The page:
The second group has names like: “the Competitive Enterprise Institute,” “the International Policy Network” and “the Center for the Study of Carbon Dioxide and Global Change.”
The second group published misleading reports designed to muddy the debate on global climate change.
The first group was fingered by the Menendez campaign as having ties to the Republican candidate Tom Kean Jr.
The second group was fingered by The Royal Society, a 1,400-member organization that dates back to the 1600â€™s and has counted Isaac Newton and Albert Einstein as members, as having ties to Exxon Mobil.
Kean campaign spokesperson Jill Hazelbaker adamantly denied the charges:
“‘Iâ€™ve never e-mailed them nor posted on the Web site,’ she said on Wednesday. ‘Itâ€™s a blog. You canâ€™t believe whatâ€™s posted on blogs.’ She declined to make Mr. Kean available to discuss the matter.” (Though, he ultimately did.)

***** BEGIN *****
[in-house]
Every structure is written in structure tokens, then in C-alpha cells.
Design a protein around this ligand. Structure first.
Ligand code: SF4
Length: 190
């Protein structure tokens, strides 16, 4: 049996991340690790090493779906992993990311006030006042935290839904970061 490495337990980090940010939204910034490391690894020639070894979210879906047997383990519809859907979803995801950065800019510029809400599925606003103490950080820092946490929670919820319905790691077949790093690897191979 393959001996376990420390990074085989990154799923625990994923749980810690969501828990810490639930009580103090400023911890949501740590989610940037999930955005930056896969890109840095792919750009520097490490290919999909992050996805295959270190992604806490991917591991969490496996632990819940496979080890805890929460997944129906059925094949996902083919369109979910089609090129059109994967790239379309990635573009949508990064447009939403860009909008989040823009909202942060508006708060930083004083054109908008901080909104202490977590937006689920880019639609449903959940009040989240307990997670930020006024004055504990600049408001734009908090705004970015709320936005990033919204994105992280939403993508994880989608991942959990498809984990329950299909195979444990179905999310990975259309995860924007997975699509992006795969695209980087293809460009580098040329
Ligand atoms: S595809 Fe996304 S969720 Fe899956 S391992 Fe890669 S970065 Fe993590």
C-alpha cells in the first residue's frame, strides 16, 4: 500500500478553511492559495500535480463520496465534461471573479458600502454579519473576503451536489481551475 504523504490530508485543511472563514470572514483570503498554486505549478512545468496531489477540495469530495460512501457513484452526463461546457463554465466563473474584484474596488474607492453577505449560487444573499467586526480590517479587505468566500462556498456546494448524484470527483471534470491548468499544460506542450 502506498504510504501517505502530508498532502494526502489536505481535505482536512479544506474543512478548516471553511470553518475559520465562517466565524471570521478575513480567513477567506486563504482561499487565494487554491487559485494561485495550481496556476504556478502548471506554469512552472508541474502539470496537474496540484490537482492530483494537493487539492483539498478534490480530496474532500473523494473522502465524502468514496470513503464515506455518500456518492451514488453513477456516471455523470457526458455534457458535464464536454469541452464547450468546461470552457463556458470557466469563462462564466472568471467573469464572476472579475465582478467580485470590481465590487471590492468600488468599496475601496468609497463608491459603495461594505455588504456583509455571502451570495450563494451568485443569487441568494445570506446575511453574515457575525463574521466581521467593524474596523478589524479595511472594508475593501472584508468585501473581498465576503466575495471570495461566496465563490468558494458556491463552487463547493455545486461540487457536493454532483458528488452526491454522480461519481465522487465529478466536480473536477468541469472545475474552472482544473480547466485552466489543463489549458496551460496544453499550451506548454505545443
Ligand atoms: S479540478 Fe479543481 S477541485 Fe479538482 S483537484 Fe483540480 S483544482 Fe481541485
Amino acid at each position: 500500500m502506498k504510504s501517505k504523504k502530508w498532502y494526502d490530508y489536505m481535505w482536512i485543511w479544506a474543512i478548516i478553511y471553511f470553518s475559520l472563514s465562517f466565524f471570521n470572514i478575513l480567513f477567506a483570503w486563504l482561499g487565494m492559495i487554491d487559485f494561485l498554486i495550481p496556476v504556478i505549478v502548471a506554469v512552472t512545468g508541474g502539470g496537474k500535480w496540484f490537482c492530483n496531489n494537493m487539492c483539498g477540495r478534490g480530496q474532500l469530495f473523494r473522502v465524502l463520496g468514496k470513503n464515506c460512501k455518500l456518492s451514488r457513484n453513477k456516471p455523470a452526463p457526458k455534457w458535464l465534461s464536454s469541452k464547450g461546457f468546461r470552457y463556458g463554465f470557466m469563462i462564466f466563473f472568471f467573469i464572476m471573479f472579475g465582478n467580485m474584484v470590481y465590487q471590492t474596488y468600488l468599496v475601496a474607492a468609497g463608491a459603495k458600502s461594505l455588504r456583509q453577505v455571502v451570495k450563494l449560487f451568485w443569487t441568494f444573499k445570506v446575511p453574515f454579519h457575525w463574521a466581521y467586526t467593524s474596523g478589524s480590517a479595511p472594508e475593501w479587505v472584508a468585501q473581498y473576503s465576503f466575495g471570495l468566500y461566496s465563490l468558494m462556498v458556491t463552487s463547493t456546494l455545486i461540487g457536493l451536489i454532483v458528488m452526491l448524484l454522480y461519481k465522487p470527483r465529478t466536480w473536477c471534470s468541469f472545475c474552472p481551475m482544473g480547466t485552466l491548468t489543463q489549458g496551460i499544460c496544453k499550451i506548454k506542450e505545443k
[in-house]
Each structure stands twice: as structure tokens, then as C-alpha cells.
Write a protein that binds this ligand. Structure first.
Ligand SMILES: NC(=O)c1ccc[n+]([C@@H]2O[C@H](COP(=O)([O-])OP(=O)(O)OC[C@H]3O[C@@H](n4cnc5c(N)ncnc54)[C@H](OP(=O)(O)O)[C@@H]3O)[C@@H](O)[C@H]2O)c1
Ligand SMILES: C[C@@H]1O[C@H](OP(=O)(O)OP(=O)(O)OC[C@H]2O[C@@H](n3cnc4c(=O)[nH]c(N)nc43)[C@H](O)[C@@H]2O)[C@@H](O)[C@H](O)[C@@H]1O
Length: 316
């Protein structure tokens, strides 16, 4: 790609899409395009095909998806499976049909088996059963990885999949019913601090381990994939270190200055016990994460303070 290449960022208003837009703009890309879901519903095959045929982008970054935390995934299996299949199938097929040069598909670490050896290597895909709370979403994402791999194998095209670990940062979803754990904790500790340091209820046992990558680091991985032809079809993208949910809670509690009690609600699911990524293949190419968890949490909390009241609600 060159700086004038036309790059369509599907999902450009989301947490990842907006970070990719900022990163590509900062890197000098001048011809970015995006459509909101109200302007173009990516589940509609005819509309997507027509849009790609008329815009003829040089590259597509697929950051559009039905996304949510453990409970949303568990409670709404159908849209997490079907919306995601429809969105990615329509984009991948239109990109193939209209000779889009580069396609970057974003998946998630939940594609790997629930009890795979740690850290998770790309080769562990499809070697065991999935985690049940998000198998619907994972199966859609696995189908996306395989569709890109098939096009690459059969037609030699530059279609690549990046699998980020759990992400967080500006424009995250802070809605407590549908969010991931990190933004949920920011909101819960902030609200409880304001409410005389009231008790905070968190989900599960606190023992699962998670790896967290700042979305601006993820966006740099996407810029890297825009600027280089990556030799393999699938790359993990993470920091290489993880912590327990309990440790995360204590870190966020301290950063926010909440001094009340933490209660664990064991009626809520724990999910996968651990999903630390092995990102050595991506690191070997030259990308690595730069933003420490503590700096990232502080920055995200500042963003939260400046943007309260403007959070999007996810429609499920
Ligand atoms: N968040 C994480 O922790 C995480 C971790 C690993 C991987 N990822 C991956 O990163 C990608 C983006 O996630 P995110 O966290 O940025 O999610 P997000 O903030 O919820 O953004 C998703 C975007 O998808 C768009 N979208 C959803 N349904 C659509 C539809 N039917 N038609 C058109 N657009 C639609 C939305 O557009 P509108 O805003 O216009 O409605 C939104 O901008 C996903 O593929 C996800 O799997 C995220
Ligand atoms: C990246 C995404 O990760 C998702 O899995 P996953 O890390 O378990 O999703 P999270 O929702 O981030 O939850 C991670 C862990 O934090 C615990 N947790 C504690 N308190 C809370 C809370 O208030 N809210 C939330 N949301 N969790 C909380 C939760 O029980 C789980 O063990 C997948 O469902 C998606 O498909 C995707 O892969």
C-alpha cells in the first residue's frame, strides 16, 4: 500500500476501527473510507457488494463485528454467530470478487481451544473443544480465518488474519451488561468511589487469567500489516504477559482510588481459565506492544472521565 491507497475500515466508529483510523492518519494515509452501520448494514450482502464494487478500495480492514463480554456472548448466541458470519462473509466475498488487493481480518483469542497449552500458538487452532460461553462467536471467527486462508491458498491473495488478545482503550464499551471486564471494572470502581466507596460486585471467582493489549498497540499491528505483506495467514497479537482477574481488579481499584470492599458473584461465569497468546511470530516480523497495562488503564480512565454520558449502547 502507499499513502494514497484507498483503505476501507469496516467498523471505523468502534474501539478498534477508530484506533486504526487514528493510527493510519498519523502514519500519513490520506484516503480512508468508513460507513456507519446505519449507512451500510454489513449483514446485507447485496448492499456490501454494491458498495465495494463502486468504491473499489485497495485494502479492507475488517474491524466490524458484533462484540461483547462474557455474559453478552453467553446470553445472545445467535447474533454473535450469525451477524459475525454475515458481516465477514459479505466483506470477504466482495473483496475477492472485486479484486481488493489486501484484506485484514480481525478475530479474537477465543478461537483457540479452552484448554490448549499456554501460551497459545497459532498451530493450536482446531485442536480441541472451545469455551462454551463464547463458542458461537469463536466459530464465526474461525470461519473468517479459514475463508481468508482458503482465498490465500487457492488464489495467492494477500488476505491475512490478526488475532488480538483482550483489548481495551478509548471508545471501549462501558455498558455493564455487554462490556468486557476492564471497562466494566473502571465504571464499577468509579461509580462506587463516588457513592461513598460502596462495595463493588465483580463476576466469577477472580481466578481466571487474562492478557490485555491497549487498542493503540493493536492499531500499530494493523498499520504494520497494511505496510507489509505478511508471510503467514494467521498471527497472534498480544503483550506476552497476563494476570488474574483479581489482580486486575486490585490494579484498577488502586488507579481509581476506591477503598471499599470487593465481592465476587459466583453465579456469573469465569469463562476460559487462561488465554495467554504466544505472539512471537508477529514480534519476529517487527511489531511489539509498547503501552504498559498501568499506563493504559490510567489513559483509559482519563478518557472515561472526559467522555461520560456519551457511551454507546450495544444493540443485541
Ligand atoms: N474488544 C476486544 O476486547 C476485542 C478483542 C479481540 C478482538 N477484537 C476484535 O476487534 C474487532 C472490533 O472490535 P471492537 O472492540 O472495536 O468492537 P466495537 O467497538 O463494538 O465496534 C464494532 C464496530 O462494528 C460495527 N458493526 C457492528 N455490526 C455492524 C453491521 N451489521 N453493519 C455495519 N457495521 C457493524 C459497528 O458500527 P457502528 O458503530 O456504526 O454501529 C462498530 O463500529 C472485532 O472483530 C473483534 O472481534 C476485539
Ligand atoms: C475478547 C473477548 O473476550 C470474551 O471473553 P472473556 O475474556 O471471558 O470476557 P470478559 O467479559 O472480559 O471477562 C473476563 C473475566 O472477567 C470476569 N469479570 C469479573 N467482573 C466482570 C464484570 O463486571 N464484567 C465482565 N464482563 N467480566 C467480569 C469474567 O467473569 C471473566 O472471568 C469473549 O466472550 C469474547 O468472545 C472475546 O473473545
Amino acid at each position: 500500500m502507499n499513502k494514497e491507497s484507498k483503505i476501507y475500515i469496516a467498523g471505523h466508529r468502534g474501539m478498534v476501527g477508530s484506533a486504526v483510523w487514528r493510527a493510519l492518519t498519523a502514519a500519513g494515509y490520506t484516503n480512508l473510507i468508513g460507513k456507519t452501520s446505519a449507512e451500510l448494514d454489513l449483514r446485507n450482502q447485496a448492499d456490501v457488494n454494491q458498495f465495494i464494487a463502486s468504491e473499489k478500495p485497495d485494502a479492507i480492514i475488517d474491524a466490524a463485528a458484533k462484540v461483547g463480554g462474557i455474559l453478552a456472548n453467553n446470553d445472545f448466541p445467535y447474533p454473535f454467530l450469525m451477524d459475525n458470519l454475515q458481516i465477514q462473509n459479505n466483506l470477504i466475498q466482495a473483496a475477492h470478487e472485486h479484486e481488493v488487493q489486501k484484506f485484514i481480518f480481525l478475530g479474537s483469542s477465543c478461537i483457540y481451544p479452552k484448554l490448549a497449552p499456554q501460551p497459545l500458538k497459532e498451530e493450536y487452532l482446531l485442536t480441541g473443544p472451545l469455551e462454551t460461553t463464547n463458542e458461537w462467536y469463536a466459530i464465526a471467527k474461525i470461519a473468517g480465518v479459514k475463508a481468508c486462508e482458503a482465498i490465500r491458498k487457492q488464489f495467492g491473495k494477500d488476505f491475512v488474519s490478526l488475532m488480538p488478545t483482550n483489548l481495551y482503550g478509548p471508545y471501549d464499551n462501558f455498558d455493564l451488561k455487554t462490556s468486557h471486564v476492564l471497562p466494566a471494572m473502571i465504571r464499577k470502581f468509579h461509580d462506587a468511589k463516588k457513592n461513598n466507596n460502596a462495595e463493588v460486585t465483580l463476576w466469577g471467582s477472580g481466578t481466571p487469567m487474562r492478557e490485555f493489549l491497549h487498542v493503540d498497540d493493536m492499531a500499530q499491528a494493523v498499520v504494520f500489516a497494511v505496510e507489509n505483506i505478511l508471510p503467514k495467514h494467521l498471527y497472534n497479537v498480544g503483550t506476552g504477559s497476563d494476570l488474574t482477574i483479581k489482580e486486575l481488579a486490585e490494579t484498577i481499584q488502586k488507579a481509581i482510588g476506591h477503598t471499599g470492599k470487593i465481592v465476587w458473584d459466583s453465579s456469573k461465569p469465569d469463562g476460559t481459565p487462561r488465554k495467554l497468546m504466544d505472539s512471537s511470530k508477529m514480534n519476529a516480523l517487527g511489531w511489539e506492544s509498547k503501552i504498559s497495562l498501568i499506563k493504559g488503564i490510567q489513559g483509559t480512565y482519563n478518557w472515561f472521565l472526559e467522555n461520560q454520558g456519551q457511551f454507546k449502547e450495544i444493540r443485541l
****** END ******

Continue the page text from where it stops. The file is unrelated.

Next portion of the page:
Exxon Mobil deftly disputed the allegations:
“…the Royal Society had ‘inaccurately and unfairly described our company.’ It added: ‘We know that carbon emissions are one of the factors that contribute to climate change â€” we donâ€™t debate or dispute this.’
In spite of its denials, the evidence, in the form of a traceable IP address, was irrefutable.
” The Kean campaignâ€™s technical adviser said that the Internet protocol, or I.P., address that linked the posts to the Kean headquarters was an old one, ‘from over a month ago.’ But an e-mail message Ms. Hazelbaker sent to a reporter on Wednesday shares the same I.P. address.”
In spite of its denials, the evidence, in the form of payments to these groups, was irrefutable:
“In 2005, Exxon Mobil sent $2.9 million to 39 groups active in the United States that spread misleading information about climate change…”